Those who can afford to pay for toll roads, must pay, says Blade Nzimande

Foto: Lisa Hnatowicz
Foto: Lisa Hnatowicz

Cape Town - The funding of road infrastructure development for the next 15 to 20 years worries Transport Minister Blade Nzimande, the portfolio committee on transport heard.

The Department of Transport (DoT) on Tuesday briefed Parliament’s committee on the annual performance plan for the 2018/19 financial year. It was the first interaction between the committee and Nzimande. He was accompanied by his deputy Sindiswe Chikunga.

Chair of the committee Dikeledi Magadzi said that there had always been a “cordial” relationship between the committee and the department, while Nzimande expressed his plans to continue working alongside the committee.

Nzimande raised some of the key focus areas of the DoT for the upcoming year, ahead of a briefing on the Easter weekend fatality statistics.

“One of the bigger issues I have been thinking about, which is an ongoing issue, arises from the GFIP (Gauteng Freeway Improvement Project). How do we move forward in the next 15 to 20 years? How do we raise finance for road infrastructure?” he asked.

Nzimande explained it was a “big issue” especially considering the user-pay principle. “There are usually debates around the user-pay principle. Who pays?

“We will have to come up with a strategy of funding road construction and maintenance programmes on a sustainable basis,” he said.

He said it is "inappropriate" to scrap the user-pay principle entirely. "It is like demanding free higher education for all, it is not progressive. Those who can afford to pay, must pay." He said there were complexities to the matter to considered for the way forward.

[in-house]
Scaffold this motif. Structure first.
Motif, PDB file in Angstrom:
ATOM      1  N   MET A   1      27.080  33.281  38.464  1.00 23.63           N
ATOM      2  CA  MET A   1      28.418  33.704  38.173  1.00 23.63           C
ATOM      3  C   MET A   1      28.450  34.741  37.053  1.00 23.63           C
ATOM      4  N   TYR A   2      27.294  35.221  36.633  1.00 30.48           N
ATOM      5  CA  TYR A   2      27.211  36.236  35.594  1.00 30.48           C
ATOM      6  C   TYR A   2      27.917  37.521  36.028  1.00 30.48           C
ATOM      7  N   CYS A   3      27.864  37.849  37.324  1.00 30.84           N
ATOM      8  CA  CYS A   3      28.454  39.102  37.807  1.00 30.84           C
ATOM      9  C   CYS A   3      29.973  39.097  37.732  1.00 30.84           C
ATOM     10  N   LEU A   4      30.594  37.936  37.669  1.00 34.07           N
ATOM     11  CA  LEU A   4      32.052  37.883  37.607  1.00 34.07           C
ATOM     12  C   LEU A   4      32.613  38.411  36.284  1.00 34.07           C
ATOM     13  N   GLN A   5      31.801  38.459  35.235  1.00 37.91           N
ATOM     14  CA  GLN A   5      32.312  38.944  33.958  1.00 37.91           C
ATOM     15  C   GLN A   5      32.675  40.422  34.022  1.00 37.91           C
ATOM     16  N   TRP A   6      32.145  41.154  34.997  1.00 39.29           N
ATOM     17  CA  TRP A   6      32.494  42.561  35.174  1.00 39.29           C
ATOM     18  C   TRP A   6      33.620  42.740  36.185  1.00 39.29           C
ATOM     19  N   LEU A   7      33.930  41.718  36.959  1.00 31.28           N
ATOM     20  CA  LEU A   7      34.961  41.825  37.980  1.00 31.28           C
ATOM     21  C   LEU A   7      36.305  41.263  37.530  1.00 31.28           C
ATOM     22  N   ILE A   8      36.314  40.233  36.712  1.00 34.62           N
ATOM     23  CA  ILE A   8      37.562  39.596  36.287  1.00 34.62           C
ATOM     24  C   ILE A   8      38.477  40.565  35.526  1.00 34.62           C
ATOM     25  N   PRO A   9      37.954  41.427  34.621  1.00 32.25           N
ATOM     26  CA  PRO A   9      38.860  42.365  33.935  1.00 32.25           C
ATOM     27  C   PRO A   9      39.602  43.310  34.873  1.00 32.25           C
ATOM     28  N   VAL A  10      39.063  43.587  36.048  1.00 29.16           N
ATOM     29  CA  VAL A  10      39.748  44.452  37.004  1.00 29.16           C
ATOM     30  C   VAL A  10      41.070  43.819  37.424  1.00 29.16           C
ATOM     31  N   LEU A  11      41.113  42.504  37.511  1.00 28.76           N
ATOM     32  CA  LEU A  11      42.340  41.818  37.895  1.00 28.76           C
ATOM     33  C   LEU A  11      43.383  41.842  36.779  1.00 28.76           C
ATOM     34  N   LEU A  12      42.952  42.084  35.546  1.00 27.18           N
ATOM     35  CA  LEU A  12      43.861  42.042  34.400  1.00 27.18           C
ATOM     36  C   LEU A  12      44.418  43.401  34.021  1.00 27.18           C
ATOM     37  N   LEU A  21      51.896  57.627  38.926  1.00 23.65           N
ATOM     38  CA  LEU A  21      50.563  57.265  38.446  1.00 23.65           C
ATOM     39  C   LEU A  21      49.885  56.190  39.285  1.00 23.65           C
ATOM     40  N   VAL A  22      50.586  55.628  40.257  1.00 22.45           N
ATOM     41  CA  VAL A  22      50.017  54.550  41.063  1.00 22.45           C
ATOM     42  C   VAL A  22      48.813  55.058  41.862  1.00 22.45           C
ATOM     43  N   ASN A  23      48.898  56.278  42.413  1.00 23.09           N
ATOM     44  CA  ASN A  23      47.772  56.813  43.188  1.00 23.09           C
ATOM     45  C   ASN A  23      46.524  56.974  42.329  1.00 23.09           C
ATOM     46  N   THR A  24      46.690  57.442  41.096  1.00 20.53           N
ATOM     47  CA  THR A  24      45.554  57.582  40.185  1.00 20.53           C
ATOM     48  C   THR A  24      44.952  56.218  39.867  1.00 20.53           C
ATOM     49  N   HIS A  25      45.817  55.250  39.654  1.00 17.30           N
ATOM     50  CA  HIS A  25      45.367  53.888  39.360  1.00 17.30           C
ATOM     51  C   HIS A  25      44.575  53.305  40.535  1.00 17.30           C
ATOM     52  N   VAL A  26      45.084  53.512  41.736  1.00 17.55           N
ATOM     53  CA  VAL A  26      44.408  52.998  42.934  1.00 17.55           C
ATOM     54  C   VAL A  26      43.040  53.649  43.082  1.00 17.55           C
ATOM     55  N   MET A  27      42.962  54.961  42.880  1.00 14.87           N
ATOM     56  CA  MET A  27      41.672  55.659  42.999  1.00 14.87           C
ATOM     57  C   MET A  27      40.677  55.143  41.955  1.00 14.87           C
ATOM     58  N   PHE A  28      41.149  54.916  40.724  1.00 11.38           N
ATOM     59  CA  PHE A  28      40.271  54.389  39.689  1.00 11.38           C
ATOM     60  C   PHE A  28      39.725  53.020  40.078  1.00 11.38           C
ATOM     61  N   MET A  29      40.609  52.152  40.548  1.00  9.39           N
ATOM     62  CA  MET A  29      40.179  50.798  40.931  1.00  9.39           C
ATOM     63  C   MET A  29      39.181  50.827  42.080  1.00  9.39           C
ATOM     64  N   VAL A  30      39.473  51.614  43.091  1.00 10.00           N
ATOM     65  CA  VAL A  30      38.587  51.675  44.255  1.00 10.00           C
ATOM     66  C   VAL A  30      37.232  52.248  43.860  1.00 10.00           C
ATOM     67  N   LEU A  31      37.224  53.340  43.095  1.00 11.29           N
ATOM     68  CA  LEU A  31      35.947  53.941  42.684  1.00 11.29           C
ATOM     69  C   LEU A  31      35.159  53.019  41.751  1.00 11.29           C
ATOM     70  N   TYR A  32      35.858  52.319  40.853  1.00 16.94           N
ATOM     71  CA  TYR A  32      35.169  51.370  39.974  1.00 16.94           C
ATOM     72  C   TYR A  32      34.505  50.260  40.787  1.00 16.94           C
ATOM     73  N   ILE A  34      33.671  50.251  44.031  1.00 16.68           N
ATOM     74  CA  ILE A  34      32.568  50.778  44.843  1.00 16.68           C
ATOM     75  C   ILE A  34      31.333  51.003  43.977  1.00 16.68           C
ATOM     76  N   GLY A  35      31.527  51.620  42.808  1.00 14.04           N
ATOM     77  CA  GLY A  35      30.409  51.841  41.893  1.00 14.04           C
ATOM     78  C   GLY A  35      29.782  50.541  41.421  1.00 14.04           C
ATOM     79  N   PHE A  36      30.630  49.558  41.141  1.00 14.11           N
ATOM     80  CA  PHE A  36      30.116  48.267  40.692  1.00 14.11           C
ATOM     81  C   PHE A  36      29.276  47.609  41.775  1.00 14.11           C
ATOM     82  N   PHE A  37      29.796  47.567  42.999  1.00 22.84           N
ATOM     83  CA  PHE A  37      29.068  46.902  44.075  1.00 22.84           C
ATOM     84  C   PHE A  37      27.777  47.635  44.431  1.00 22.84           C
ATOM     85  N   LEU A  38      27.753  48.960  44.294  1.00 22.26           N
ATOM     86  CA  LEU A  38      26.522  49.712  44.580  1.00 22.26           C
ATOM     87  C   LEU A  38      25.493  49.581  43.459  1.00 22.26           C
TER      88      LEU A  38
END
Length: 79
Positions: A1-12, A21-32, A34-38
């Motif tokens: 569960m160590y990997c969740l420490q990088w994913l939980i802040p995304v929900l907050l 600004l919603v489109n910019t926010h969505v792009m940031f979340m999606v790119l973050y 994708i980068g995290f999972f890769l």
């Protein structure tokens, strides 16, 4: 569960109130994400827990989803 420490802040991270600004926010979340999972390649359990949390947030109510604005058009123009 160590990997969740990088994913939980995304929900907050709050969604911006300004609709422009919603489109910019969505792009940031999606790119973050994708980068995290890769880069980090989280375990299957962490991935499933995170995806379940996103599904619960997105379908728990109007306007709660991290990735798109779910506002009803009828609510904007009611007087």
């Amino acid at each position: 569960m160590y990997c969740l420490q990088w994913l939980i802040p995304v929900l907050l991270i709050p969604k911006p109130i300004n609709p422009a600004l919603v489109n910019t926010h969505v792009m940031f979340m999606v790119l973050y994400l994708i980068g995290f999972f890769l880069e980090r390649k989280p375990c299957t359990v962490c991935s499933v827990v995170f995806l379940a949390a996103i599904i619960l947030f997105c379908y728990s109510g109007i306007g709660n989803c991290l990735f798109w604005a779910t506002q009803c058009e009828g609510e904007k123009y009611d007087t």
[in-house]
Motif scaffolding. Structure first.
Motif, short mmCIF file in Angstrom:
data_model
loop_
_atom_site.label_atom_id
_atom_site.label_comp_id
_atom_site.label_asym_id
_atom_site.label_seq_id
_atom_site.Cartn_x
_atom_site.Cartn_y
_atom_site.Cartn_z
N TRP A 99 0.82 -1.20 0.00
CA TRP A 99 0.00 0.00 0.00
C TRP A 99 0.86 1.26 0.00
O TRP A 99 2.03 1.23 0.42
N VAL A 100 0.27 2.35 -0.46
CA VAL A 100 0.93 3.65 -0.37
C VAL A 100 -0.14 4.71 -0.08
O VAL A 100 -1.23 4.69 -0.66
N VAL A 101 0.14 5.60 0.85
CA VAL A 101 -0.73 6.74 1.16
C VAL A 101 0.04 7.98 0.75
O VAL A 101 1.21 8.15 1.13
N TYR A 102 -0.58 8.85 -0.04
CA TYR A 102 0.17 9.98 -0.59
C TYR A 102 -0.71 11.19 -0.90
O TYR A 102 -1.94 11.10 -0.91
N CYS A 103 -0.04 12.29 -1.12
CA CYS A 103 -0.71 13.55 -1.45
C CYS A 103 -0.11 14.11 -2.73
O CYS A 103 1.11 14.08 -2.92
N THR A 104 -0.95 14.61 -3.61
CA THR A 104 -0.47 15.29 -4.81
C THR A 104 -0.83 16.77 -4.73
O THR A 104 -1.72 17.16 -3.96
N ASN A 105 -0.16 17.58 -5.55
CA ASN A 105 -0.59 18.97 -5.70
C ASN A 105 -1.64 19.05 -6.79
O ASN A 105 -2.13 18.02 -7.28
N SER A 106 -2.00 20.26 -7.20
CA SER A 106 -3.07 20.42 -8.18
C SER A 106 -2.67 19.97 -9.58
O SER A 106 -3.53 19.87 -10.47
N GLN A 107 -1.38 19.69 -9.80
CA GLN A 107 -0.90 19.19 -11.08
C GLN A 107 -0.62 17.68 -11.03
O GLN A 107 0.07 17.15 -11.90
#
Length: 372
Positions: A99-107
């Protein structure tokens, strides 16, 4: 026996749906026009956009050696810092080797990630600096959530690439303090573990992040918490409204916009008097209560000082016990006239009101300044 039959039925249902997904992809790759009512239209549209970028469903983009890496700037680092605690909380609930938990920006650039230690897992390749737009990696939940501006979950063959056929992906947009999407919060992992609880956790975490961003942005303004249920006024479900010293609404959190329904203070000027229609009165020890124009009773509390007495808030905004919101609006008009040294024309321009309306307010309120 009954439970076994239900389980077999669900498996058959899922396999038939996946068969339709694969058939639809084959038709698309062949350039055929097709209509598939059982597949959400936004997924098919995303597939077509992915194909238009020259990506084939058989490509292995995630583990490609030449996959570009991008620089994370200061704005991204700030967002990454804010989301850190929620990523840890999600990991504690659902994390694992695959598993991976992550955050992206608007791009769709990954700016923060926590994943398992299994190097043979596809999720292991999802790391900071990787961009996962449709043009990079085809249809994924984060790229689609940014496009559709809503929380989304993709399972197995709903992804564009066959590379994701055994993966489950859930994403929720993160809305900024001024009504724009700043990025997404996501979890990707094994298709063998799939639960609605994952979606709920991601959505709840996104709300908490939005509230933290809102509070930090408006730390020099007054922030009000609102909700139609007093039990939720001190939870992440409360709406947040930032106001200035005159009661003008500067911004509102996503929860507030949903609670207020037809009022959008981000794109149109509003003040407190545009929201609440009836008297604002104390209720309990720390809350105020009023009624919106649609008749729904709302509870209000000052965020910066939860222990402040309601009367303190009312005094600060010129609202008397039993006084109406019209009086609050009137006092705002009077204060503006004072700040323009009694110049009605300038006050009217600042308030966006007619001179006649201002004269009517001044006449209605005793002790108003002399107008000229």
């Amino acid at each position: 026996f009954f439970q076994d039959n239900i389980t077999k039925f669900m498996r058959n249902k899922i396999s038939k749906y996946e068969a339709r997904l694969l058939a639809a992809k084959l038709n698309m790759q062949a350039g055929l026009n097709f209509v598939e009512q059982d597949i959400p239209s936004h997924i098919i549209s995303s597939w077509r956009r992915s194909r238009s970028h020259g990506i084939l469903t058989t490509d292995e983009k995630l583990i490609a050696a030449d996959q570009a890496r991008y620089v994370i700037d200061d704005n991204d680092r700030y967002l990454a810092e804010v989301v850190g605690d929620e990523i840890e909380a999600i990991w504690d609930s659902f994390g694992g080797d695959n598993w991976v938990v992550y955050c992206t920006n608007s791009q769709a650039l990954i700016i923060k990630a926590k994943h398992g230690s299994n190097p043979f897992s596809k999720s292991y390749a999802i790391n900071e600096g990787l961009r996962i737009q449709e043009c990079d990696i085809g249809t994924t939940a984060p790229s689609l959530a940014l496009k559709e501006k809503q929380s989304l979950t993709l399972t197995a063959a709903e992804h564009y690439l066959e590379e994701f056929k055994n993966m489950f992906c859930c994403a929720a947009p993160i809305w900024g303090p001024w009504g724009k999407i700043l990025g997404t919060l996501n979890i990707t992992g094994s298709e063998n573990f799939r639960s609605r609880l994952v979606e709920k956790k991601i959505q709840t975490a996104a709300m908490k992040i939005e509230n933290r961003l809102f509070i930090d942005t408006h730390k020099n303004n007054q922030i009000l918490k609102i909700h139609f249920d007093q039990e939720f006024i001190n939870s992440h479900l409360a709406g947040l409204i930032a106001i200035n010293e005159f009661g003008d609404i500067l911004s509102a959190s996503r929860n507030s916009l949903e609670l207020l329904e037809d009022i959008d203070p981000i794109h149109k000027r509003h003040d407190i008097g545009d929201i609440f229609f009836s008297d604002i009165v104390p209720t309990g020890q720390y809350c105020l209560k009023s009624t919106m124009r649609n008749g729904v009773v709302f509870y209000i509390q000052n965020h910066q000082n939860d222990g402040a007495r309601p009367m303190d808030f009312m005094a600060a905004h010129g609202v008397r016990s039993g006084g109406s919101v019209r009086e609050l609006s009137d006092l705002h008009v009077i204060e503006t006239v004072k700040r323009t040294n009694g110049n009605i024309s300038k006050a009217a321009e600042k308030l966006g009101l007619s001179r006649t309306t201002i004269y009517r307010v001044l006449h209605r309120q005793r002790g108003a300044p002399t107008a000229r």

Nzimande explained that priority should be placed on the maintenance of roads, which are often so run-down they have to be rebuilt “from scratch”. “The lack of maintenance costs us dearly.”

He added that road maintenance had the potential to create jobs and support local economic development, especially in rural areas. Service delivery should also be more integrated, involving communities in service delivery. 

Magadzi said that Parliament will also be considering the funding of GFIP and acknowledged the importance of having regular maintenance of roads. 

Safe and secure roads

Trying not to pre-empt his lunchtime briefing by giving away too much information, Nzimande said that the road fatalities over Easter were worse than the year before. Road safety requires the implementation of road safety programmes throughout the year, and not just over festive periods and the Easter holidays, he said.

Nzimande said pedestrian fatalities especially are a big problem. However, bridges which have been made available for pedestrians to use to cross roads safely, have become “centres for crime”.

He also took the opportunity to hush rumours that government’s taxi recapitalisation programme is ending. The programme will continue once its contract, which is ending, is renewed.

In her concluding remarks to the minister, Magadzi commended Nzimande for looking into state entities, particularly for appointing a new Prasa board which was a "thorn in the flesh".

Magadzi said that the committee itself will keep "the finger on the pulse" of every entity going forward to ensure that none fall by the wayside.

Prasa will give an update on its annual performance plan at 13:00.

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